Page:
DENVER (AP) -- Days after a gunman entered a suburban Denver movie theater, killing 12 moviegoers and injuring 70 others, Gov. John Hickenlooper and Colorado health officials began talking about revamping a state mental health system that had been devastated by budget cuts.
On Thursday, the Democratic governor signed into law an expansion of mental health services in response to July's Aurora shootings. By early next year, the state plans to establish walk-in crisis centers around Colorado, a 24-hour mental health hotline, and mobile units to travel to rural areas where access to mental health services is limited.
Lawmakers budgeted nearly $20 million for the expansion, which includes more short-term residential services.
Thursday's law was largely inspired by the case of James Holmes, who is charged in the Aurora shootings.
Holmes' lawyers say he is mentally ill, and he's entered a plea of not guilty by reason of insanity.
Holmes had been seeing a psychiatrist at the University of Colorado, where he was a graduate student, before the shooting.
That psychiatrist, Dr. Lynne Fenton, told a campus police officer before the July 20 shootings that Holmes had threatened and intimidated her about a month before. He was not placed on a 72-hour psychiatric hold.
Hickenlooper announced the mental health initiatives in December, just days after the mass shooting at a Connecticut elementary school. He acknowledged at the time that there would never be "fail-safe system" to prevent violence. But he said expanding services would be a wise investment, noting, "The common element of so many of these mass homicides seems to be a level of mental illness."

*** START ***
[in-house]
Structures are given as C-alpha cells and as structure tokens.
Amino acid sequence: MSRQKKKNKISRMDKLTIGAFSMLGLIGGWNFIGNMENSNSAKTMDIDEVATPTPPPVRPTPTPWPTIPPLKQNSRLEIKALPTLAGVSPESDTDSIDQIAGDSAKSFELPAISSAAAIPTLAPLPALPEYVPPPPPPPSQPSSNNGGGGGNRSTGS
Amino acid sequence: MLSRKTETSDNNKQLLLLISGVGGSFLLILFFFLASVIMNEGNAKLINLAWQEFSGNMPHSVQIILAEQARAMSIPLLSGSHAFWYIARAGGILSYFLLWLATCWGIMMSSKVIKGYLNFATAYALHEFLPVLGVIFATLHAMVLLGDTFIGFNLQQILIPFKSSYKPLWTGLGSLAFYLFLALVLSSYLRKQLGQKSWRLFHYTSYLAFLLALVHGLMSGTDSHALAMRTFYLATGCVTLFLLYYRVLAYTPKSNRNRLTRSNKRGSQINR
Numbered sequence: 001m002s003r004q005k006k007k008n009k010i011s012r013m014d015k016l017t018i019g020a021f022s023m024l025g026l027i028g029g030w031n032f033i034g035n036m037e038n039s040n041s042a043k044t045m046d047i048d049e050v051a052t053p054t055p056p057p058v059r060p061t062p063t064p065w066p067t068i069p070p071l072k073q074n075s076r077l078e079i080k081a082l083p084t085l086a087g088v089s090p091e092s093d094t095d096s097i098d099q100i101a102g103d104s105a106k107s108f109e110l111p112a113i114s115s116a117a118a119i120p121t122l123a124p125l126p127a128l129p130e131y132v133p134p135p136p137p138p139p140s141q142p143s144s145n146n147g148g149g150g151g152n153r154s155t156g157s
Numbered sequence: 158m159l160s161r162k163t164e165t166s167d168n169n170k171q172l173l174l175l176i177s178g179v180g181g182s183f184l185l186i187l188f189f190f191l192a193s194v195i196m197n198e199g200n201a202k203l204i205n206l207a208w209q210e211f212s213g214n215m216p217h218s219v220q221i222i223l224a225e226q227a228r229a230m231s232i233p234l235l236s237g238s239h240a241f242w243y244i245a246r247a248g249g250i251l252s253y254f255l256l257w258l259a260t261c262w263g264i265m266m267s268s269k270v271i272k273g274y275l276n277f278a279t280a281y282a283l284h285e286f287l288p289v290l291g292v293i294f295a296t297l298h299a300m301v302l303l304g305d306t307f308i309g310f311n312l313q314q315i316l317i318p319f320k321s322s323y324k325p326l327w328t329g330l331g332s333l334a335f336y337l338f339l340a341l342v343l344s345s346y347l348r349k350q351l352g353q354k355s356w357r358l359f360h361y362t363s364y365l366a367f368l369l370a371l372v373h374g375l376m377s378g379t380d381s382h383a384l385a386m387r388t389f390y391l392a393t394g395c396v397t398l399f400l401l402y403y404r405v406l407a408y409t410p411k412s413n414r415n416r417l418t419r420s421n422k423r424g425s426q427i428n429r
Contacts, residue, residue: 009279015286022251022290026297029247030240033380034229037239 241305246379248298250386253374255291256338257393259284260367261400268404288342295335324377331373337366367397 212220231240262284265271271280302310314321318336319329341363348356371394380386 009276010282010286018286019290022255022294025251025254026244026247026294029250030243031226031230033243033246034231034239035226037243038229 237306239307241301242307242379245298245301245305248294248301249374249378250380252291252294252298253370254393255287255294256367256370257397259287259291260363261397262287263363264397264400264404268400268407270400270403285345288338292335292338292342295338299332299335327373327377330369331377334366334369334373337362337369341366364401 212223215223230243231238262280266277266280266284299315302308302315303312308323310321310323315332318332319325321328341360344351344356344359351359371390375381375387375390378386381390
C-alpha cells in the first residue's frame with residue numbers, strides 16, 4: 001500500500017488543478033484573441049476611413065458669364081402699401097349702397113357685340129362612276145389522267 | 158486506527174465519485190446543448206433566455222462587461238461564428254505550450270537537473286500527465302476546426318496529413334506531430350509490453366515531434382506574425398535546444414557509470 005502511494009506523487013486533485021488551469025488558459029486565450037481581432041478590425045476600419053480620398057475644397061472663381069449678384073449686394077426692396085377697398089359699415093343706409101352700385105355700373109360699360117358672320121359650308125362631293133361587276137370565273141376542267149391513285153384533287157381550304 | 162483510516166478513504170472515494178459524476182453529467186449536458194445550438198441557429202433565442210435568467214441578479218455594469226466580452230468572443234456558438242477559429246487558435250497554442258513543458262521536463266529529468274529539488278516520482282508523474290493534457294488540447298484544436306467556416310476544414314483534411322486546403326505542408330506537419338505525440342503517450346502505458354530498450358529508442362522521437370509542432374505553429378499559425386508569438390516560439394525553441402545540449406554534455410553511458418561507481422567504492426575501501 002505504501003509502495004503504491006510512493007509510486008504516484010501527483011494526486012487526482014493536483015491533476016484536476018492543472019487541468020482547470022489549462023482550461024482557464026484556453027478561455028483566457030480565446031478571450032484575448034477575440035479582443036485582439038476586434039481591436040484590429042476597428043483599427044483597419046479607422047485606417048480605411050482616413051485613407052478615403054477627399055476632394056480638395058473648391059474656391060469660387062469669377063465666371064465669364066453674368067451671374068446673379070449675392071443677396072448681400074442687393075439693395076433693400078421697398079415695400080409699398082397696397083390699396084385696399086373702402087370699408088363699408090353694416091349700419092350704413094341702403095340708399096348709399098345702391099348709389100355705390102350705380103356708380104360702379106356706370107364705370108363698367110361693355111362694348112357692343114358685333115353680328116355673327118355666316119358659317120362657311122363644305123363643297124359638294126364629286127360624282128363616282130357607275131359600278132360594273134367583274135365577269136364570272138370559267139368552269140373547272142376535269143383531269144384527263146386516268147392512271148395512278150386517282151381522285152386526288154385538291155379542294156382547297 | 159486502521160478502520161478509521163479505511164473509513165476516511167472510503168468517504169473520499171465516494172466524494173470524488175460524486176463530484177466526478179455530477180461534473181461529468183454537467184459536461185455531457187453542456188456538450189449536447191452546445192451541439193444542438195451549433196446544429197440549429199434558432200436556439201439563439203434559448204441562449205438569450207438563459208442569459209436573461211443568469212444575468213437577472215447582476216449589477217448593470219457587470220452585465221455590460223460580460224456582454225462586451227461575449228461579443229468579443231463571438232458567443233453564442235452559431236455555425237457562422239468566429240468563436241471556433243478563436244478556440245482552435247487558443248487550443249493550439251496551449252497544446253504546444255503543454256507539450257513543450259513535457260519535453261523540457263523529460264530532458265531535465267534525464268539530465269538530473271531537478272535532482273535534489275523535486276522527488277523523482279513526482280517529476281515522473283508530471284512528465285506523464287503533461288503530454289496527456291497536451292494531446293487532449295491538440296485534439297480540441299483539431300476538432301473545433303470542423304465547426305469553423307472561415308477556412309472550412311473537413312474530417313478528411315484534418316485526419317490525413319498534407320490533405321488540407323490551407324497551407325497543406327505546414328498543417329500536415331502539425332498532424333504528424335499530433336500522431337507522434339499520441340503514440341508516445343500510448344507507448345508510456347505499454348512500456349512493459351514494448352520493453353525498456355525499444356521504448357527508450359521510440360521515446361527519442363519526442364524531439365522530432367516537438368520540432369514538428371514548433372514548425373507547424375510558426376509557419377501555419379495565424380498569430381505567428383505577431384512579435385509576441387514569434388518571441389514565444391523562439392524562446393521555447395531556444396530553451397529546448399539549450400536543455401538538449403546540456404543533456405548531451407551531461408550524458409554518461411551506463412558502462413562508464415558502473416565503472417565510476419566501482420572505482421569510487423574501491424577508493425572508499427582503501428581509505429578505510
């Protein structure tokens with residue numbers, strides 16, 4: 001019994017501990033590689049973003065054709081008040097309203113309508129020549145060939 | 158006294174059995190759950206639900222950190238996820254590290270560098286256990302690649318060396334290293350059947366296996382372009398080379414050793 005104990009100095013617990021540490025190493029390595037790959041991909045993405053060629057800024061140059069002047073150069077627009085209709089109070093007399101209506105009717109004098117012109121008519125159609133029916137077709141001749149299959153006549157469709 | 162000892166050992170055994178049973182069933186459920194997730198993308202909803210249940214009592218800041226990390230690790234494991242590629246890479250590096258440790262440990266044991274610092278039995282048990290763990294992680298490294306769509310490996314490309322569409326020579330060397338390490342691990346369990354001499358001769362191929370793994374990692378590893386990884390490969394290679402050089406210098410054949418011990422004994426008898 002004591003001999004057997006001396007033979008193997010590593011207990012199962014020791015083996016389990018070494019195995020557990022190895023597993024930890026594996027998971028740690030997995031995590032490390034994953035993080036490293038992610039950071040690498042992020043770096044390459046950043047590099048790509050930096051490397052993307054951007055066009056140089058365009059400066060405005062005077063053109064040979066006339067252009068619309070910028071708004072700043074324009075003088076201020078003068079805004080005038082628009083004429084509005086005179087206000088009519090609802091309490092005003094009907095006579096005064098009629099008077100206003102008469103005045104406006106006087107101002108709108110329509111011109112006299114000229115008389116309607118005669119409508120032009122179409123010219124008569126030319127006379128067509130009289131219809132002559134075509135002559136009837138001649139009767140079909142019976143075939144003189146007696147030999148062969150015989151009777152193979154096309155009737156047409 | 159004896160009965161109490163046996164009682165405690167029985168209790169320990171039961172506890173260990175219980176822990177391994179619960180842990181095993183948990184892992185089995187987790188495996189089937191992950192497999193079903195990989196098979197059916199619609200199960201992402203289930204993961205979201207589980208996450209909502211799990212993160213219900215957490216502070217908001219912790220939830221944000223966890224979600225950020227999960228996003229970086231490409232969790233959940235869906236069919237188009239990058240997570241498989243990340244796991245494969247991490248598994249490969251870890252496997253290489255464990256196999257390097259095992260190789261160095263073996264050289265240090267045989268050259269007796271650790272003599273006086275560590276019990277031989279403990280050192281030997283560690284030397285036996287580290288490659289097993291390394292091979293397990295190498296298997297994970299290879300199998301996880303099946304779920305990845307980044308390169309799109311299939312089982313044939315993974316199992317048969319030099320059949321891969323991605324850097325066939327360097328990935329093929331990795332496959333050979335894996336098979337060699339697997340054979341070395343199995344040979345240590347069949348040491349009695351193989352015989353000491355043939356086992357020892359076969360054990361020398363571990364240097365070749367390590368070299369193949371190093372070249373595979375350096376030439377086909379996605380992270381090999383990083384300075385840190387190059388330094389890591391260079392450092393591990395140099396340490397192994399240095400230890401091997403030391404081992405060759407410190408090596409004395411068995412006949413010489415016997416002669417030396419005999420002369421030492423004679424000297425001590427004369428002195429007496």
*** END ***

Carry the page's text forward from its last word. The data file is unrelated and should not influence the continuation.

Colorado lawmakers also responded to the theater shootings by passing limits on ammunition magazines and broadening background checks to include online and private firearm purchases.
The National Rifle Association opposed those measures. The head of the NRA, David Keene, told The Associated Press around the time the bills were introduced that lawmakers were focusing too much on banning certain guns instead of fixing what he called a "devastatingly broken mental health system in this country."
Arvada Democratic Rep. Tracy Kraft-Tharp, a sponsor of the bill to increase mental health services, said the mass shootings made the issue a priority after years of budget cuts since the 2002 recession.
"The mental health system received some drastic cuts and we haven't been able to recover," she said.
Currently, some people seeking help go to hospital emergency rooms, where they sometimes can wait for hours. Or they go to the state's mental hospitals in Pueblo and Fort Logan, where the number of beds has decreased, Kraft-Tharp said.
In the past five years alone, the state hospitals lost about 110 beds, and several private hospitals have closed their mental health inpatient units or reduced capacity, according to the Colorado Department of Human Services.
Reggie Bicha, the executive director of the department, said law enforcement officers are often the ones who come across people suffering from mental health problems. Bicha said officers have few choices in offering help: They can take them to a relative's home, to jail, or the emergency room.
"All three of those are not the right options for folks in crisis," Bicha said.
Kraft-Tharp said she hopes the new law will "be a relief for all of our systems that are currently providing emergency care."
Also Thursday, Hickenlooper signed a bill to study how to consolidate Colorado laws for placing someone in involuntary commitment -- an element that what was part of his call to expand mental health services. Lawmakers say the goal is to eliminate confusion and make it easier for judges to understand the basis for emergency holds.
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